If you could go to only one home game as a fan for each program, ie, one Texas A&M home game in College Station, one Texas Tech game in Lubbock, which games would you circle on your calendar? — Sam S.
In alphabetical order:
Baylor: vs. Oklahoma State, Oct. 1 — The Big 12 championship game rematch should be a key game in this year’s conference race, too.
Houston: vs. Rice, Sept. 24 — It’s the Battle for the Bayou Bucket. Always fun to see the crosstown rivals scrap.
North Texas: vs. SMU, Sept. 3 — Big home opener in a critical year for the Mean Green. This matchup was closer for three quarters than the score suggested last year.
Rice: vs. UTSA, Nov. 19 — Hosting the reigning conference champs while playing for bowl eligibility will be a challenge, but the Owls have pulled off stunning upsets before.
SMU: vs. TCU, Sept. 24 — You know the Iron Skillet will be sizzling when former SMU coach Sonny Dykes makes his return to the Hilltop in TCU purple.
Texas: vs. Alabama, Sept. 10 — Easy one. Two big brands and future conference foes. How often do you get to see one of the sport’s standard-bearers in person?
Texas A&M: vs. LSU, Nov. 26 — If the Aggies have the season they’re hoping for, the regular-season finale should have some stakes attached.
TCU: vs. Texas Tech, Nov. 5 — Before the cactus thing, I probably would have said Oklahoma on Oct. 1. But now I think there will be some real spice to this game.
Texas State: vs. Arkansas State, Nov. 19 — The Bobcats are trying to reach a bowl for the first time. Winning this one will be key. And if Layne Hatcher wins the Texas State starting quarterback job, he’ll face his old team.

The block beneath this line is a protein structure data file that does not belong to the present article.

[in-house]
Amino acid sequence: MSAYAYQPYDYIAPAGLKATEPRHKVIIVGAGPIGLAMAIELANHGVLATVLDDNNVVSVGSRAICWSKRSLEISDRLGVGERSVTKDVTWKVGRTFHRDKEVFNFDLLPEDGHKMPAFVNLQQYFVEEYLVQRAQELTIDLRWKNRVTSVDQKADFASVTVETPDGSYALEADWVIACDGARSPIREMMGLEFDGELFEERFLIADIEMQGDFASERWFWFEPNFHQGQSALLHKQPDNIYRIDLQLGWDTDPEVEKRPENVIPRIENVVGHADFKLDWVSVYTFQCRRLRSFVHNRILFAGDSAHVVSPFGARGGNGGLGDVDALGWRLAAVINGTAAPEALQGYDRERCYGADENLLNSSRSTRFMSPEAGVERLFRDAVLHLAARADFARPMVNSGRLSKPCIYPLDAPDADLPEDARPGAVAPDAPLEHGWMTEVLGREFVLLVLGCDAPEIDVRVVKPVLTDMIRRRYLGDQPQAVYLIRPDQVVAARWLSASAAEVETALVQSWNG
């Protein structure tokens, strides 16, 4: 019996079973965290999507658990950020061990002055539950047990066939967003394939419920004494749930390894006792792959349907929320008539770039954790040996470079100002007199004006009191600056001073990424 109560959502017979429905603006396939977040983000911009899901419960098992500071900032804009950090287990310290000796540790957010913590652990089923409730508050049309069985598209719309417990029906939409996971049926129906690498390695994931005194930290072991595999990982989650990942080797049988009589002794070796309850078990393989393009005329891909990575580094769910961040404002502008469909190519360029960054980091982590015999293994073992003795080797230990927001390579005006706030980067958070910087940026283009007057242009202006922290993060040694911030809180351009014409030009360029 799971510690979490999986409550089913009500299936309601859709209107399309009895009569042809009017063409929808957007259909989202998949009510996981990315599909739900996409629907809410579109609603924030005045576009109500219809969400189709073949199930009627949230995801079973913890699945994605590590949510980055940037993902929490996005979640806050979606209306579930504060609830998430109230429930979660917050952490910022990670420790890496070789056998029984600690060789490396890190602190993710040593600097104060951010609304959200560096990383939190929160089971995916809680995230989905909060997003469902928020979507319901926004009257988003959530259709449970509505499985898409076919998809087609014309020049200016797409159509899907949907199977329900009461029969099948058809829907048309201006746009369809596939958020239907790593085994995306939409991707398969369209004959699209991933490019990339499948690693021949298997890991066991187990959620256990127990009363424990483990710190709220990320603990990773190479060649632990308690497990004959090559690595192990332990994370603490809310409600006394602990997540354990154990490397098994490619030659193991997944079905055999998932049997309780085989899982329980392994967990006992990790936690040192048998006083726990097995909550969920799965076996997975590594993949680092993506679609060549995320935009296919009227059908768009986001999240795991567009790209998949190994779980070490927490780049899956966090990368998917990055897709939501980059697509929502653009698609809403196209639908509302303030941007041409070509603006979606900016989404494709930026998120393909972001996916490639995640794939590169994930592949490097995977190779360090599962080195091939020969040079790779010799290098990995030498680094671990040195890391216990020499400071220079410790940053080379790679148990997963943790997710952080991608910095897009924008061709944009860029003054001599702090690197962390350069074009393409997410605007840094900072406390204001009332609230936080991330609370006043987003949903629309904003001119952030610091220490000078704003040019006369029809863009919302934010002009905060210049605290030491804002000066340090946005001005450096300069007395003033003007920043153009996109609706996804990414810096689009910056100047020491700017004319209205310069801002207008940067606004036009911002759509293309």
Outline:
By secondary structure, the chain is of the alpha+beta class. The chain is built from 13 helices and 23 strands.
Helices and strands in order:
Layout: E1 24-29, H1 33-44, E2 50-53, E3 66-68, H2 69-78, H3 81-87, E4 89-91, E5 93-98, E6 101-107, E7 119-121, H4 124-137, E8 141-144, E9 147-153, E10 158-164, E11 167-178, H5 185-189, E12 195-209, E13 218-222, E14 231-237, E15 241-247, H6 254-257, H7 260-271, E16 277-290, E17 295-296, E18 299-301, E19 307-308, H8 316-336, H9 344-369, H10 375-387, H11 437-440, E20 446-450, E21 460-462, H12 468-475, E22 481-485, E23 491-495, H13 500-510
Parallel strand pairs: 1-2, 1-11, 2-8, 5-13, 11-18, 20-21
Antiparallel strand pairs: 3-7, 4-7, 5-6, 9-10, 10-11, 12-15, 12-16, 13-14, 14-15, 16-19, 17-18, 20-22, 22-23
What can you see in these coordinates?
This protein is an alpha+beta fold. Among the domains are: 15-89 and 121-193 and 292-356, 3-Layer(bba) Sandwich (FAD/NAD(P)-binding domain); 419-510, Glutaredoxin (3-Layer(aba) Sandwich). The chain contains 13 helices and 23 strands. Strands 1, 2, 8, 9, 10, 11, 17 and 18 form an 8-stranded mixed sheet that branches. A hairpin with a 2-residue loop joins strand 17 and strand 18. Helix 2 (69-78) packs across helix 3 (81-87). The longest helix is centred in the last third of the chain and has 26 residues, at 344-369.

Texas Tech: vs. Texas, Sept. 24 — The Houston game in Week 2 is also a contender, but it’s an afternoon kickoff. If Tech gets a night kickoff when the Longhorns come to town, hold on to your hats.
UTEP: vs. North Texas, Aug. 27 — The Miners are expecting a big crowd for their Week Zero game (more than 36,000 tickets have been sold, nearly 80 percent of the Sun Bowl’s capacity). How cool would it be to see a Sun Bowl sellout for the first time in 14 years?
UTSA: vs. Houston, Sept. 3 — Tough opponent for the Conference USA champs to open up 2022. The Alamodome should provide a good atmosphere for a compelling matchup.
Oklahoma and Texas ruled the Big 12. Oklahoma on the field, but OU and Texas off the field. When the two schools leave, does the power in the league get more evenly distributed among the remaining schools, or is there a program or two that may try to flex their muscles to fill the void as the leader? — Mike